Another quick reflection on something screened for the Film Studies Center’s so-far excellent “Troubling the Image” series. This time, Arash Nassiri’s video Darwin Darwah (2016), screened as part of their “Tales of Sound and Vision” night, last Friday. The screening was full of great stuff—including The Inner World of Aphasia (Edward R. Feil, 1958), which I would recommend to anyone who always wished Sam Fuller and Owen Land had made a film together—but Nassiri’s piece left me with the most coherent thoughts.
“What am I looking at?” is a question that I typically ask myself only when watching purely abstract films. The work of Jordan Belson, for instance, has frequently succeeded in eliciting this question for me. But watching Darwin Darwah was one of the few times I asked myself “what am I looking at?” when faced with what seemed to be straightforward representational imagery.
The video’s program notes made it quite clear that Nassiri had made use of 3D scans of Paris catacomb tunnels, so I suppose I should have guessed there would be CGI trickery involved. Still, for the life of me, in during the first half or so of the video I found myself being utterly lulled into the lie that what I was actually watching was video footage, captured with a night-vision camera. The way the video grain softens and camouflages the more overtly CGI bits of the image, while at the same time providing a visual cue that what you’re watching is some recorded reality, just completely turned off my ability to critically view. For a few precious minutes, I really just thought that I was watching a Steadicam shot, plowing down a catacomb tunnel.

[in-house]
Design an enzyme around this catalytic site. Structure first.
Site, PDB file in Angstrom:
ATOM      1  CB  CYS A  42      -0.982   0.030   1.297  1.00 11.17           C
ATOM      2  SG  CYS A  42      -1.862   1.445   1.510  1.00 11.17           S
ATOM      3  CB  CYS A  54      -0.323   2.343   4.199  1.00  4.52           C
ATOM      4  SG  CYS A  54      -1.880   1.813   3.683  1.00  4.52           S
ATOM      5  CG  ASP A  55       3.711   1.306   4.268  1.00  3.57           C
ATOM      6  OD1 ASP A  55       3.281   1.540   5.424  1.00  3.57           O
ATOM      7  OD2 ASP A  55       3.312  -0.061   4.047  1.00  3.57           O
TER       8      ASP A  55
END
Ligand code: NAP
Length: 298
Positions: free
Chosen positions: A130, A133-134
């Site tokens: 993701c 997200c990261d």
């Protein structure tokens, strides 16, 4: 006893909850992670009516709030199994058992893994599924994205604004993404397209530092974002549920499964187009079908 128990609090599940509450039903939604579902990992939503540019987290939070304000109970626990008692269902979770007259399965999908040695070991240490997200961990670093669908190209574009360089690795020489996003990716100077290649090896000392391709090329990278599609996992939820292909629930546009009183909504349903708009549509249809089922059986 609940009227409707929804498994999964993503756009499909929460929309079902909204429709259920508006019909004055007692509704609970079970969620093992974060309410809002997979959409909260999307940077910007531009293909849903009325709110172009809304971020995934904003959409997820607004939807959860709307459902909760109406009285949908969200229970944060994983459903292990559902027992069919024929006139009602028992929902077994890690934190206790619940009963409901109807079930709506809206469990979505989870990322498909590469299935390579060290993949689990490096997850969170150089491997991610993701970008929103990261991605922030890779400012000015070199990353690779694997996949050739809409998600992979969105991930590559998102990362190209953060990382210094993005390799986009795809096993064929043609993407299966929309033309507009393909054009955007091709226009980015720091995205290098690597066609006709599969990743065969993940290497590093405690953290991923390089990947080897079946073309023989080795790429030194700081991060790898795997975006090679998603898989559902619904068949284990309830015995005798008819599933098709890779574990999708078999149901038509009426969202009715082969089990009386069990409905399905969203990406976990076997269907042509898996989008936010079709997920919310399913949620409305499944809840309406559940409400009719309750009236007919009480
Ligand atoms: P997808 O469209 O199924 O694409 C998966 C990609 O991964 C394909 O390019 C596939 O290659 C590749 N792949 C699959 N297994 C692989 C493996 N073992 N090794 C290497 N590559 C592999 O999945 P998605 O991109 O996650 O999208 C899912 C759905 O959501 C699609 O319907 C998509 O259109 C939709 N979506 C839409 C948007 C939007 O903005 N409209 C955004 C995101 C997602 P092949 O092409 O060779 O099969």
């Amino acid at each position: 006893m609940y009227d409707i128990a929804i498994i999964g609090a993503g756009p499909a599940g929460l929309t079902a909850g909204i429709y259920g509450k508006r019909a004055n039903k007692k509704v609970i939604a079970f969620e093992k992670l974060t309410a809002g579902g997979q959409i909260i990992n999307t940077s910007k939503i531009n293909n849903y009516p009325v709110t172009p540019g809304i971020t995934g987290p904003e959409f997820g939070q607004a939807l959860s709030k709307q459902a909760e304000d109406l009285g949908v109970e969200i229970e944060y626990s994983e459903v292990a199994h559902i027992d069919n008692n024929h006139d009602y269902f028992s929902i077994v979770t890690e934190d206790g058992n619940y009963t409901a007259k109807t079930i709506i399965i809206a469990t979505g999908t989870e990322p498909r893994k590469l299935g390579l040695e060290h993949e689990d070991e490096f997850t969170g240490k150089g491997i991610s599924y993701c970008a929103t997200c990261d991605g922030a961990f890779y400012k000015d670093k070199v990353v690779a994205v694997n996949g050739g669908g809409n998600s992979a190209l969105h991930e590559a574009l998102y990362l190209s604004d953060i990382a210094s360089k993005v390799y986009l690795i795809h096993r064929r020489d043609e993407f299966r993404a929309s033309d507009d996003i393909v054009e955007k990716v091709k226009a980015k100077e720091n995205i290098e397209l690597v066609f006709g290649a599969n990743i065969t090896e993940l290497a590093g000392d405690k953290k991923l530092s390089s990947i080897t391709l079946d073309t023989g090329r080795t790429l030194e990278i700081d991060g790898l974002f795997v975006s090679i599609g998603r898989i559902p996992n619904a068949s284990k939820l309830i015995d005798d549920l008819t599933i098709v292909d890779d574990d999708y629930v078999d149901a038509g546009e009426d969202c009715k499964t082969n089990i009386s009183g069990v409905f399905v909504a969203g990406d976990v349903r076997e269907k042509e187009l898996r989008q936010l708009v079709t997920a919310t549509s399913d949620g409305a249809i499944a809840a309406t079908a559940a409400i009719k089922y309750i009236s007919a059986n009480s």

And then I noticed that things had gotten weird.
To its immense credit, the video’s weirdness had taken hold at an unsettlingly subtle pace—shades of that old “frog in boiling water” myth. By the time I noticed that things were entirely too weird, it was too late. It was too late for me to realize that I shouldn’t have trusted what I was seeing for a moment. I had been sucked in like the sucker I was. And, frankly, I was glad to be made a sucker of. I had no idea that Iranian-French video artists had at their disposal CGI that could genuinely trick me for a few minutes. It’s nice to know what artists have the budget for these days.
It wasn’t until I realized how weird the video’s imagery had gotten that the relationship between its soundtrack and video track clicked for me. On the soundtrack, a narrator drones on, delving deep into aliens-built-the-pyramids pseudohistory. And, eventually, it hit me: the video track captures exactly the syrupy attraction of conspiracy theories. There’s something about the snail’s pace at which we creep away from reality that makes our narrator all the more intoxicating.
As the formulation “alternative facts” has entered our lexicon over the past few days, I’ve been considering the seeming truism that no amount of media fact-checking will ever cost Trump any supporters. The best guess I can put forward as to why this is would be that people don’t like being told they’re being lied to. No one likes to consider the possibility that they may be a rube. There’s a knee-jerk projection that kicks in as a basic defensiveness when this happens: “no, it’s you who are lying about me being lied to!” Those exposing the lie must themselves be liars. Or, worse: filthy nitpickers, hung up on data and language and blind to emotional truths staring everyone in the face.
But I don’t know. Certainly the popularity of conspiracy theories provides weighty evidence against the idea that people don’t like being told they’re being lied to. If it’s done right, people love to be told they’re being lied to. They love the idea that there’s a basic truth that’s been hidden from them all their lives, and that they’re about to join the enlightened echelons of society, privy to the truth beyond the misinformation.
I have no idea how the news media might be able to leverage some of the pleasures of conspiratorial thinking to get Trump’s supporters to realize and acknowledge that they’re being lied to. I have no rubric for assessing those pleasures. I have no lesson to give. But we could all do worse than watch Arash Nassiri’s Darwin Darwah. It has much to teach us right now.